Gurpreet Singh: Canada must investigate activities of Indian agents on its soil

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      In light of the Jaspal Singh Atwal controversy, Canada needs to wake up and act swiftly against Indian agents who might not only be spying on Indo Canadians, but could also be making their lives difficult through their moles. 

      Just recently, Prime Minister Justin Trudeau’s visit to India was eclipsed by the presence of a former Sikh separatist and a convicted man on his guest list. 

      Atwal was previously associated with a banned terrorist group, the International Sikh Youth Federation (ISYF).

      He was invited to  dinner with Trudeau at an event hosted by the Canadian High Commission in New Delhi.

      The ISYF was involved in an armed insurgency for the creation of a Sikh homeland of Khalistan in Punjab, India, in the late 1980s and early 1990s. 

      In 1986 Atwal was convicted for attacking a visiting Punjab cabinet minister, Malkiat Singh Sidhu, in B.C. The then ISYF member was charged with attempted murder for shooting at Sidhu and has served his time.

      Atwal was also charged and subsequently acquitted of assaulting former B.C. premier Ujjal Dosanjh, who is an outspoken critic of religious extremism.     

      The appearance of Atwal's name on the guest list and a widely circulated photo of him with the prime minister's wife has obviously embarrassed Trudeau. The prime minister was already being blamed by Indian government officials for going soft on Sikh separatists in Canada.

      It's believed that Indian prime minister Narendra Modi snubbed Trudeau during his recent visit. 

      Not surprisingly, Trudeau has come under attack from right-wing commentators in India who want him to act against Khalistan supporters in Canada. The Atwal issue has added more fuel to the fire. 

      The ISYF was banned after 9/11. The group was involved in violent activities when the Khalistan movement was at its peak before it died out in the early 1990s.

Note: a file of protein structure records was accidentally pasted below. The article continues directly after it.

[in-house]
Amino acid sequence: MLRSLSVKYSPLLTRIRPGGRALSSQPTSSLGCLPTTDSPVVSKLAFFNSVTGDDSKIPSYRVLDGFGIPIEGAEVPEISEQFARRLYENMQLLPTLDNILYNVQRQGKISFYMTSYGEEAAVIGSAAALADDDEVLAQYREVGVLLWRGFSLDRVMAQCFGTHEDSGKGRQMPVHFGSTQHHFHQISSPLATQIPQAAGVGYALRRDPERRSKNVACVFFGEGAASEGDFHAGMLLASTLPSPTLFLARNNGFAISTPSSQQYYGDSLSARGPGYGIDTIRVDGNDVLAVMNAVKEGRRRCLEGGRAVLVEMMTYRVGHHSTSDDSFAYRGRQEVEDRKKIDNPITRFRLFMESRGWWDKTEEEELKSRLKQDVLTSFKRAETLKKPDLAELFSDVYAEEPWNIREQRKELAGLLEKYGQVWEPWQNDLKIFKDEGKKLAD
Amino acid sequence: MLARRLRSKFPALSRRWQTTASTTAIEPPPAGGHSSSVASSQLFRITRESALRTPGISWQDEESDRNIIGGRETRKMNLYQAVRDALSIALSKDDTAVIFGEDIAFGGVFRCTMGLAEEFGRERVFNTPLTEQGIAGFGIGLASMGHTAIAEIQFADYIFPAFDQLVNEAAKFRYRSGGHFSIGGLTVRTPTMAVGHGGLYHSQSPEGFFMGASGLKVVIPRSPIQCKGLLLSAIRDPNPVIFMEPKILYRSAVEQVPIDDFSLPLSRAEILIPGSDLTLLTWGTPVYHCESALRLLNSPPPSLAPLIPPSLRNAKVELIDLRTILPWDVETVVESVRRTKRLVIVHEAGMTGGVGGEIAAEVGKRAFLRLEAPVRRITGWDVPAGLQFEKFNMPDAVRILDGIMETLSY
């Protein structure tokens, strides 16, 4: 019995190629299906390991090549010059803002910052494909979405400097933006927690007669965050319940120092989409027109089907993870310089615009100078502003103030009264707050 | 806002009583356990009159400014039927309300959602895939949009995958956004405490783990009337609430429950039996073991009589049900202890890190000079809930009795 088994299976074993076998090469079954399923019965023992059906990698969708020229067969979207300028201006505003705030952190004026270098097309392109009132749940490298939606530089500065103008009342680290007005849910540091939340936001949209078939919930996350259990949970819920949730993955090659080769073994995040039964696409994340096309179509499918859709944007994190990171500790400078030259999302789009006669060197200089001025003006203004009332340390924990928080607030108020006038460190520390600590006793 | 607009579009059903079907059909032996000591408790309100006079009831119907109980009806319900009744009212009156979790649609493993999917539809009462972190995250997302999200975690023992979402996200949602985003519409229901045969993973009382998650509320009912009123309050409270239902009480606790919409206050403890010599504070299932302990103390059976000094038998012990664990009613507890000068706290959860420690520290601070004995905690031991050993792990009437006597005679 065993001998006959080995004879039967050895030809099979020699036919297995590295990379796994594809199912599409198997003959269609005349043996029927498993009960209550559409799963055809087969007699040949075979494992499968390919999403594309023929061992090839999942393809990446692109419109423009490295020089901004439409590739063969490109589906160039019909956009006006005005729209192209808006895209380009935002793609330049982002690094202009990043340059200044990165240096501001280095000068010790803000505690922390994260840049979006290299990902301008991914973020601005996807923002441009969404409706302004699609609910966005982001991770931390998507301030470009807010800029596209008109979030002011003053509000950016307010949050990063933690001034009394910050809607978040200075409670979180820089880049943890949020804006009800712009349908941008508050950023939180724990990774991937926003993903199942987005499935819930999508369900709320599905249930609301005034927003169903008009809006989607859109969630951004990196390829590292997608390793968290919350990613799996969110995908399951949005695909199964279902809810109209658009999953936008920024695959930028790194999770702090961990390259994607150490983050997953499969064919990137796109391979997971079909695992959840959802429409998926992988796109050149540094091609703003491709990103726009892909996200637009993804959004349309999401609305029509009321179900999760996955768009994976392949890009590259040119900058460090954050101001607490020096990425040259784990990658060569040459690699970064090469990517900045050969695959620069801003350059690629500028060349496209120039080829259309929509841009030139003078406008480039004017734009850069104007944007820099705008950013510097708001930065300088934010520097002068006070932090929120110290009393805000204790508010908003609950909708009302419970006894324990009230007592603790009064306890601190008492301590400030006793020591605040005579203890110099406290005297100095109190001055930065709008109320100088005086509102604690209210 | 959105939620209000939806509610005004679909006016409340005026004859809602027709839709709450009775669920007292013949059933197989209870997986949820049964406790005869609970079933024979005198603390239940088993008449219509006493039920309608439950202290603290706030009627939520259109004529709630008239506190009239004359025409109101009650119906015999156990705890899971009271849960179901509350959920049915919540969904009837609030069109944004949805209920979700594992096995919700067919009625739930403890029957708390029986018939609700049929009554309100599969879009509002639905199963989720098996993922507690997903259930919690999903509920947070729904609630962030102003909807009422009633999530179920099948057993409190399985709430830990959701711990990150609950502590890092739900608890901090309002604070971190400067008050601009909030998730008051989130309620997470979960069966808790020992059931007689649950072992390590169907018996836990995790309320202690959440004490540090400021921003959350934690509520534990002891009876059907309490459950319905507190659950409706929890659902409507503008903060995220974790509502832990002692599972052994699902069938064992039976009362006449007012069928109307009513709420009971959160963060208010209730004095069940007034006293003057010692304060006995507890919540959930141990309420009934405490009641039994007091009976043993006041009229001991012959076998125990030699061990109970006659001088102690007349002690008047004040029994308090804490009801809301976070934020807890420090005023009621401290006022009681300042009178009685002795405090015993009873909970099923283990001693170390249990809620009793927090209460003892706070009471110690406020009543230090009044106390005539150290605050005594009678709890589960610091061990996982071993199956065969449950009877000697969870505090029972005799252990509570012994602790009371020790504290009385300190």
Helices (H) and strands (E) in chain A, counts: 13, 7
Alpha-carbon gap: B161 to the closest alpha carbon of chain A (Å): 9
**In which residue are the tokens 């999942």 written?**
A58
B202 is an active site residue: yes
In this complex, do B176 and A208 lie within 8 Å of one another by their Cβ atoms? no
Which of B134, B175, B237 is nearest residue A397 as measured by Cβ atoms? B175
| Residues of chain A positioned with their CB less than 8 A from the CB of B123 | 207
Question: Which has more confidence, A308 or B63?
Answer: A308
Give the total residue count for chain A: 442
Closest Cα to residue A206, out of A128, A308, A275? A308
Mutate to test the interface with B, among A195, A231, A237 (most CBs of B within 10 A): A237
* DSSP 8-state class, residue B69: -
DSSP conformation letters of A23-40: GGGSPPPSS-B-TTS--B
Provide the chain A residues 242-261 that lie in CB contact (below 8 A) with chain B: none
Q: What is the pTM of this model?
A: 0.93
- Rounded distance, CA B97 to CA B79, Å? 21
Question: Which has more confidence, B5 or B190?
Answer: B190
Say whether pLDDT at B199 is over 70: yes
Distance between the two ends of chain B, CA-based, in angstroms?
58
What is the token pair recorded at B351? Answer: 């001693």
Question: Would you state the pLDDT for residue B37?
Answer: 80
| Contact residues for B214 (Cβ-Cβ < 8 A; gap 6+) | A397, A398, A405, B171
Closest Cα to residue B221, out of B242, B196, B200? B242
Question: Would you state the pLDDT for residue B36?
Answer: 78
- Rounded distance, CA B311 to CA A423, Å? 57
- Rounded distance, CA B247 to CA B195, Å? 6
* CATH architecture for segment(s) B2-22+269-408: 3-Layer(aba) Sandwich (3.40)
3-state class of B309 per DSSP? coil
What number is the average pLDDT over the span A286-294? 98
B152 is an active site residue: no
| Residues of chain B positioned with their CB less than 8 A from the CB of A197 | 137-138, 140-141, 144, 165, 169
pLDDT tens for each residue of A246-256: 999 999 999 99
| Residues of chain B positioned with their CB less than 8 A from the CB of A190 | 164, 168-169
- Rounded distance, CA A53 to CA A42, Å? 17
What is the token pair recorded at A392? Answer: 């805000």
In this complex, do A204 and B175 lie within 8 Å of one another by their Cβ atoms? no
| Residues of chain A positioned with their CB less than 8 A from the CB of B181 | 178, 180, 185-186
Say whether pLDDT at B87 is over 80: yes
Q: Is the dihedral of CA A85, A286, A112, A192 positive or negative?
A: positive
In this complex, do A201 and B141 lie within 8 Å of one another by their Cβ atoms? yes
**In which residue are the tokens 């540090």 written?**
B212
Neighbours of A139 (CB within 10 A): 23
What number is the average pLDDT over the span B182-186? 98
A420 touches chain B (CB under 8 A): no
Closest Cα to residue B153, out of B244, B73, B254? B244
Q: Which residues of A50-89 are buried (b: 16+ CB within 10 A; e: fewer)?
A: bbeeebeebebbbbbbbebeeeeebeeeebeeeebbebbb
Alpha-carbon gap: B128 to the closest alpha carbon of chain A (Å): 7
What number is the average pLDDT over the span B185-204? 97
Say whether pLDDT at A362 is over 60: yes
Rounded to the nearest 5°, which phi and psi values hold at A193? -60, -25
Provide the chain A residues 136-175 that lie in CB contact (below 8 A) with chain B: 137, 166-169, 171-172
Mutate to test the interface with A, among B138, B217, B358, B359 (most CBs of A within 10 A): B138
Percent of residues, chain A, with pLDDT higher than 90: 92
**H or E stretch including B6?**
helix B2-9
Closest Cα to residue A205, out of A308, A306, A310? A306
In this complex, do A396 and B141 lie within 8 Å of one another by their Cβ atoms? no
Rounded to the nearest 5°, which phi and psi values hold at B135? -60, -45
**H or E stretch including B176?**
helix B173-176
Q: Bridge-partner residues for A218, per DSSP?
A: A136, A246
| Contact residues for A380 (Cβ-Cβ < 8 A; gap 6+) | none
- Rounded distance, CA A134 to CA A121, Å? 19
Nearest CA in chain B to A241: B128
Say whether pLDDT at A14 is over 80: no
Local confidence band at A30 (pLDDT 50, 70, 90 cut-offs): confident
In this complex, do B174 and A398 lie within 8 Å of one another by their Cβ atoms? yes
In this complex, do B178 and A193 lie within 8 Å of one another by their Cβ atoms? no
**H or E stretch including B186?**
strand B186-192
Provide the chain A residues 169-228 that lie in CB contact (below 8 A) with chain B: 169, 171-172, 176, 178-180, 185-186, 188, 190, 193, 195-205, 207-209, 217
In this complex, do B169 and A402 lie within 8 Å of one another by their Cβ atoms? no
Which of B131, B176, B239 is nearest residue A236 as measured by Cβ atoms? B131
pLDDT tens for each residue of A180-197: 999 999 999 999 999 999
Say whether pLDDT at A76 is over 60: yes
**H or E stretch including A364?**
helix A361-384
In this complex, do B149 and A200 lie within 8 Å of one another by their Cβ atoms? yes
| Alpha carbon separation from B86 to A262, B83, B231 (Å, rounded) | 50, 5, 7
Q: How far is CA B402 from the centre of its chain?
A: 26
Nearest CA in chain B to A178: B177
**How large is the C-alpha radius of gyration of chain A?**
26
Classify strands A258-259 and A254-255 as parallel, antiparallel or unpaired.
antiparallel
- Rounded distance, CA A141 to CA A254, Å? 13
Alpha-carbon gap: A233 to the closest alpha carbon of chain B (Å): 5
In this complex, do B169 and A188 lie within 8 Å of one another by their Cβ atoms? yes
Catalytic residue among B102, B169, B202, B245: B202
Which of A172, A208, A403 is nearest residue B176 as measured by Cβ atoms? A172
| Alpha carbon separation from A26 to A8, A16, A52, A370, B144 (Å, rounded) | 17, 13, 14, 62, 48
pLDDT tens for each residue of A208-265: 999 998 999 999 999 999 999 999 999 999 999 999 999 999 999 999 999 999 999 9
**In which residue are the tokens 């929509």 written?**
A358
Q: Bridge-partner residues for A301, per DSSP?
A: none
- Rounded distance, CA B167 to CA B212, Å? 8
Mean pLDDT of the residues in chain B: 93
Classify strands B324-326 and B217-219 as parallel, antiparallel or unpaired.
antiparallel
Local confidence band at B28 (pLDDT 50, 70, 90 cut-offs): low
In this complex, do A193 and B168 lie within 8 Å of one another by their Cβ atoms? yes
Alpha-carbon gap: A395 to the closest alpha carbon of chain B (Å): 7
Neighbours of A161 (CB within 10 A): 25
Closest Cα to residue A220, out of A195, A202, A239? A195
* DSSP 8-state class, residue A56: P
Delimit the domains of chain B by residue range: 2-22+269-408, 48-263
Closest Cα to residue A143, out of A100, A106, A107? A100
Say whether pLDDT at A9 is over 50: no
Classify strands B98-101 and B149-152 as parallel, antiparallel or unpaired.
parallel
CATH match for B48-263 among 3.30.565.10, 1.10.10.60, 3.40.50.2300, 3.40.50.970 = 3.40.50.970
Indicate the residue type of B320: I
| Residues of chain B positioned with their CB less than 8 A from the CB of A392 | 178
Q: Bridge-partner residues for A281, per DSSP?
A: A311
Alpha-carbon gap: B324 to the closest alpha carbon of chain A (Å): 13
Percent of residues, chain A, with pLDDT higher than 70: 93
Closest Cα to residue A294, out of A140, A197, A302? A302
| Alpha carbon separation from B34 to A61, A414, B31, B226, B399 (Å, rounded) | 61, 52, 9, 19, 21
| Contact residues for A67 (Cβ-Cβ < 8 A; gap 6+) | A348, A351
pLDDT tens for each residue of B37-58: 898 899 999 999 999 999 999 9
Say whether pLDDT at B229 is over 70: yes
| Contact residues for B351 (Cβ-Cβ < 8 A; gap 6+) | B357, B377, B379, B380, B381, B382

The movement was decimated partly because of state repression and partly because it lost popular support due to excesses committed by Khalistani extremists.

      However, many suspect that most of the excesses, such as rapes and senseless killings of innocent Hindus, were committed by Indian agents who penetrated the movement to give it a bad name.

      Several counterterrorism operatives who disguised themselves as militants have already spilled the beans.  

      Atwal is a changed man and does not support Khalistan anymore. Rather he supports the Akali Dal, the party Malkiat Singh Sidhu belonged to.

      The Akali Dal is an alliance partner of Modi’s ruling Hindu nationalist Bhartiya Janata Party. But considering Atwal's background, his presence in India during Trudeau's visit became controversial and has also given some credence to conspiracy theories.  

      A section of the media in Canada and India has pointed out that Atwal has some ties with the Indian consulate in Vancouver.

      Even a senior Akali Dal official in Delhi, Manjit Singh GK, who personally knows Atwal, has stated that the unwanted controversy over Khalistan and Atwal was created by the Indian intelligence network to sabotage Trudeau’s visit to India.

      GK also claimed that when Atwal visited India on previous occasions in India, he had met some intelligence people.

      Manjit Singh GK speaks in Hindi at a news conference, suggesting that the Jaspal Singh Atwal controversy was cooked up by the Indian government.

      A senior security adviser in Trudeau's administration, too, suspects that Atwal’s presence in India during the prime minister’s visit was part of a design by India. It continues to look for an opportunity to target Canada on the Khalistan issue.

      Trudeau is under constant attack in India for appointing at least two Sikh ministers, Harjit Singh Sajjan and Navdeep Singh Bains, whose fathers were associated with World Sikh Organization. The WSO once supported the demand for a sovereign Sikh state.

      Though Trudeau has endorsed the views expressed by his officer on the conspiracy theory, the opposition has vehemently rejected it.

      Atwal has stated that he has not just been a supporter of the Liberal party and Trudeau, but has been supporting politicians from other parties, too.

      He's claimed to have supported Jinny Sims, a former NDP MP and currently minister of citizen services in the B.C. NDP government.

      Sims is known to be close to the pro-India lobby of so-called moderate Sikhs who helped her in the parliamentary election in 2011. She defeated the sitting Liberal MP, Sukh Dhaliwal, whom they accused of pandering Khalistanis.

      Sims, however, has denied knowing Atwal well.

      The pro-India lobby is also very close to the Indian consulate in Vancouver.